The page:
Bryce Harper was not thinking about the number of games separating the Phillies from the postseason this past weekend. He wasn’t even thinking about baseball.

Harper was at home in Las Vegas, holding his newborn son, Krew Aron.

“I hope he has a hockey stick in his hand, that would be nice,” said Harper, who returned to the Phillies on Monday from paternity leave. “Excited to see him grow up and see what he does. Those moments go through your head when you’re holding him.”

Harper flew home to Las Vegas on Wednesday night to be in the delivery room on Thursday when his wife, Kayla, gave birth to the couple’s first child. It was a “pretty incredible moment,” Harper said.

“It’s pretty cool to say I’m a dad now,” Harper said. “It all went by super quick. She’s healthy, the baby’s healthy, and that’s all that matters.”

Bryce Harper hugs his dad Ron after winning the Home Run Derby in 2018.
AP
Bryce Harper hugs his dad Ron after winning the Home Run Derby in 2018.

“I have a great relationship with my dad and hopefully I can have the same one with my son,” Harper said. “My dad always says where he turned left, hopefully I turn right. Just learning from him and seeing what he did with my brothers and sisters, he was a great father to me and hopefully I can be that for my kid.”

The Harpers, who are both from Las Vegas, married in December 2016. They picked out the baby’s name a couple of years ago.

“We liked it and stuck with it,” Harper said. “Hopefully he likes it when he gets older.”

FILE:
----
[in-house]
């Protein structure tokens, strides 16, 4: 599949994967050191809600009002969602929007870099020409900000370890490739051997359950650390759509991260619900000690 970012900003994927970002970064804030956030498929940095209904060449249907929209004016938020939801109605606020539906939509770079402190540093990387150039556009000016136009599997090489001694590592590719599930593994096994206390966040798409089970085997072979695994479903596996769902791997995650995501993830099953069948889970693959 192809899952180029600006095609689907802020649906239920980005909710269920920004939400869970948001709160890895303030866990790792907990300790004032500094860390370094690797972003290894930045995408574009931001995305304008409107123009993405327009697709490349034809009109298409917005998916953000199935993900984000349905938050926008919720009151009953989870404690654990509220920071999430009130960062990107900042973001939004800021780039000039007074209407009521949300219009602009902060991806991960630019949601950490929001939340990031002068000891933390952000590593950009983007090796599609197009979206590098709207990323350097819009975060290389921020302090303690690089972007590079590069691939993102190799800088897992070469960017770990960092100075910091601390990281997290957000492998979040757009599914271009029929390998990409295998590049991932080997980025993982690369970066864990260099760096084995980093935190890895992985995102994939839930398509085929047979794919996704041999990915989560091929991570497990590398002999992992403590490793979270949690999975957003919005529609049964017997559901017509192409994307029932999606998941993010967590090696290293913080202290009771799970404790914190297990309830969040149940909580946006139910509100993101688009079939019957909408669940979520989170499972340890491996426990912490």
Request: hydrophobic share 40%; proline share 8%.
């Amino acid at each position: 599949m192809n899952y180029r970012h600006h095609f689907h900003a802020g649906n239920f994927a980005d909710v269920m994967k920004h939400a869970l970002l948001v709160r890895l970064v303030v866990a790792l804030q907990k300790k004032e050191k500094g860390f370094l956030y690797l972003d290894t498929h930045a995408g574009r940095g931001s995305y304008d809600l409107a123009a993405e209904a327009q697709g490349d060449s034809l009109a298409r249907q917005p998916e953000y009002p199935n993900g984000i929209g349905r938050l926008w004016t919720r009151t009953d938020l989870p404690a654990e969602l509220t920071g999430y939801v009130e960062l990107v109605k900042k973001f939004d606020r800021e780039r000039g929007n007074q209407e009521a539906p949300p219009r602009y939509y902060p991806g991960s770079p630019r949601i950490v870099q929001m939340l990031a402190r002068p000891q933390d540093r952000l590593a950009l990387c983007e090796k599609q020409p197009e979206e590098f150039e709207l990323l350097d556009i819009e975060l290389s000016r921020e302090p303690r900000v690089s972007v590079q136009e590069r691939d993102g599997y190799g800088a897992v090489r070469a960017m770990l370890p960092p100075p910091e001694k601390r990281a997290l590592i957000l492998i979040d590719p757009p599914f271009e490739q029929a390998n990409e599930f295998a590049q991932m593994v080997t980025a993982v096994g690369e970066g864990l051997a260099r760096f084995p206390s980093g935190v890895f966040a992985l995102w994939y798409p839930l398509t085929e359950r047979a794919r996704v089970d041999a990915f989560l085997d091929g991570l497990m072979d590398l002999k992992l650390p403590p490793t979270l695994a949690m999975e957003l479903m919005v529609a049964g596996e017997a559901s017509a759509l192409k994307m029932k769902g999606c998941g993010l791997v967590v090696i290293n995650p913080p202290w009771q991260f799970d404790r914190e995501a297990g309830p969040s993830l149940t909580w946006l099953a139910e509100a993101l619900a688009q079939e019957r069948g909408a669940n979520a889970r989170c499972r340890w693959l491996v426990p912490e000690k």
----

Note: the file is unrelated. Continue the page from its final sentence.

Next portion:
Bryce Harper leaves the field last Wednesday at Fenway Park. Shortly after, he was on a plane home to Las Vegas for the birth of his son.
Charles Krupa / AP
Bryce Harper leaves the field last Wednesday at Fenway Park. Shortly after, he was on a plane home to Las Vegas for the birth of his son.

Harper’s paternity leave granted him three days away from the team. He flew home Wednesday night after the Phillies completed a two-game sweep at Fenway Park and he missed their series loss in Miami. Harper’s return to the lineup was a welcome sight to the Phillies.

Harper said he did not watch the games against the Marlins, so he missed them blowing a seven-run lead on Friday and wasting an Aaron Nola start on Sunday. Instead, he tried to stay with his family and “take in the moment.” He rejoined a team on Monday that entered a three-game series against the downtrodden Pirates 1 1/2-games out of the second wild card. The Phillies had a rough weekend without Harper, but they’re still alive.

“The weather out there feels like October,” Harper said.